A New York Times correction from May 1:
“An article on Friday about the overnight closing of New York’s subway referred imprecisely to the city’s public transit schedule. It is the only system in the United States that runs all of its train lines 24 hours a day; it is not the only system in the country to operate 24 hours a day.”
2. A USA Today correction from late April:
Entertainment: A previous version of this story misstated Live Nation’s refund policy. Only customers who had tickets for a canceled show at a Live Nation venue will have 30 days to request a 150% credit toward a future purchase in lieu of a refund. https://www.usatoday.com/story/entertainment/music/2020/04/25/live-nation-customers-get-automatic-refunds-canceled-shows/3028772001/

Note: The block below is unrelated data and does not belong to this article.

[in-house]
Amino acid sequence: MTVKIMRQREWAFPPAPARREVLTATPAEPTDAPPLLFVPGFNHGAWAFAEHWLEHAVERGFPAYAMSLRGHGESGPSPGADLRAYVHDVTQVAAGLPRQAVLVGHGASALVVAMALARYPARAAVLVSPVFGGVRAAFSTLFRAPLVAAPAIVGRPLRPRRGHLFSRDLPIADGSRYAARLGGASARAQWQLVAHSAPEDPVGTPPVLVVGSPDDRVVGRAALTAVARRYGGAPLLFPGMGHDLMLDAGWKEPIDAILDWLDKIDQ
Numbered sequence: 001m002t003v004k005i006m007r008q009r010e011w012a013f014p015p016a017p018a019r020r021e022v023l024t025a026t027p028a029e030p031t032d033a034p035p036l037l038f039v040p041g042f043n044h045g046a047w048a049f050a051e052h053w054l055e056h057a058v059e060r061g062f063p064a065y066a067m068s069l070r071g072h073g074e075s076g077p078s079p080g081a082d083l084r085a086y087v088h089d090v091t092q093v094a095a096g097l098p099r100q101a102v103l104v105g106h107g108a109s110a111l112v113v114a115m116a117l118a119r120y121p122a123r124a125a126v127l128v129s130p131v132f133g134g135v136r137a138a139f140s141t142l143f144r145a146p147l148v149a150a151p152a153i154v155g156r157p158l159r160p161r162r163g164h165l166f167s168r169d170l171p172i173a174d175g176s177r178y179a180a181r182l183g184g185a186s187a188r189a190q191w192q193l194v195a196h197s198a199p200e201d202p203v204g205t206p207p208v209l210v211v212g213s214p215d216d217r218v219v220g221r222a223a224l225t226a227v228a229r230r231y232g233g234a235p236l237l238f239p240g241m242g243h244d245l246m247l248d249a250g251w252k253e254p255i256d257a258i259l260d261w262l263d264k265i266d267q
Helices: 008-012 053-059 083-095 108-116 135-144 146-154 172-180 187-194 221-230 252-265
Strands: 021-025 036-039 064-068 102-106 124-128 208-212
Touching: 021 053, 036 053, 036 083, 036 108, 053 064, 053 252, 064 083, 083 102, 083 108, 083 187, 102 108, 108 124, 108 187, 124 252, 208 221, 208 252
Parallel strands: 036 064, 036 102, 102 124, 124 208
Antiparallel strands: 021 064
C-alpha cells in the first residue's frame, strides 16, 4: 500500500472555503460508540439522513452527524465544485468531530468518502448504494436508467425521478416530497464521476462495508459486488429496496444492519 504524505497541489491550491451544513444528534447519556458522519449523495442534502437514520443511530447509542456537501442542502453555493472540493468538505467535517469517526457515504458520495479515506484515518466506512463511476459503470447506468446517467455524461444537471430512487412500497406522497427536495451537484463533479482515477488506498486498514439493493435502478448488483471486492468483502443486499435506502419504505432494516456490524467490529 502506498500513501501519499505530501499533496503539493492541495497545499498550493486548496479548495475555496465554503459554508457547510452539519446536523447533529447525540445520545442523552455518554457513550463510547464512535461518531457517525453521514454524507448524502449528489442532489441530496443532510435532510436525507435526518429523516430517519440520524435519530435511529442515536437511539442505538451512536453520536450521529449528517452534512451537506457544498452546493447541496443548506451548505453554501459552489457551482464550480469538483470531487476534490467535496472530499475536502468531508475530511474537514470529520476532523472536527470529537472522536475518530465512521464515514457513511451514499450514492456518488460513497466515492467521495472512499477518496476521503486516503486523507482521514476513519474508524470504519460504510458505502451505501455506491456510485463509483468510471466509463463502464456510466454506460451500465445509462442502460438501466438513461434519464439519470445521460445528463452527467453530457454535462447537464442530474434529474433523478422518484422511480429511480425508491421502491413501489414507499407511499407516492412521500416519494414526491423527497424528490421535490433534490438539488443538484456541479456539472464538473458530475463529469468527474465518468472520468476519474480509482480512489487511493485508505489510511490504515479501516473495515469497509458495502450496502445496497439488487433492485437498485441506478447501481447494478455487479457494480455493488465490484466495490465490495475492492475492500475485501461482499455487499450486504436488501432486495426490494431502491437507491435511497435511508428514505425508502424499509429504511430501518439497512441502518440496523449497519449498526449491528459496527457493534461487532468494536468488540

3. The Guardian’s April 29 correction:
“An article wrongly described Sanna Marin, Finland’s prime minister, as “the world’s youngest head of government”. This title was reclaimed by Sebastian Kurz when he became chancellor of Austria for the second time in January 2020 (Why do female leaders seem to be more successful?, 25 April, page 28).”
4. No divorce party?
An April 28 correction from the UK Sun:
“An article on 4 February 2020 reported that Lisa Armstrong was planning a lavish £40k party following her divorce from Ant with fireworks, champagne, a Frank Sinatra tribute band and designer goodie bags.
“We now understand that Lisa Armstrong has not planned and is not planning any such party. We accept this and apologise to Lisa for this error and any distress caused.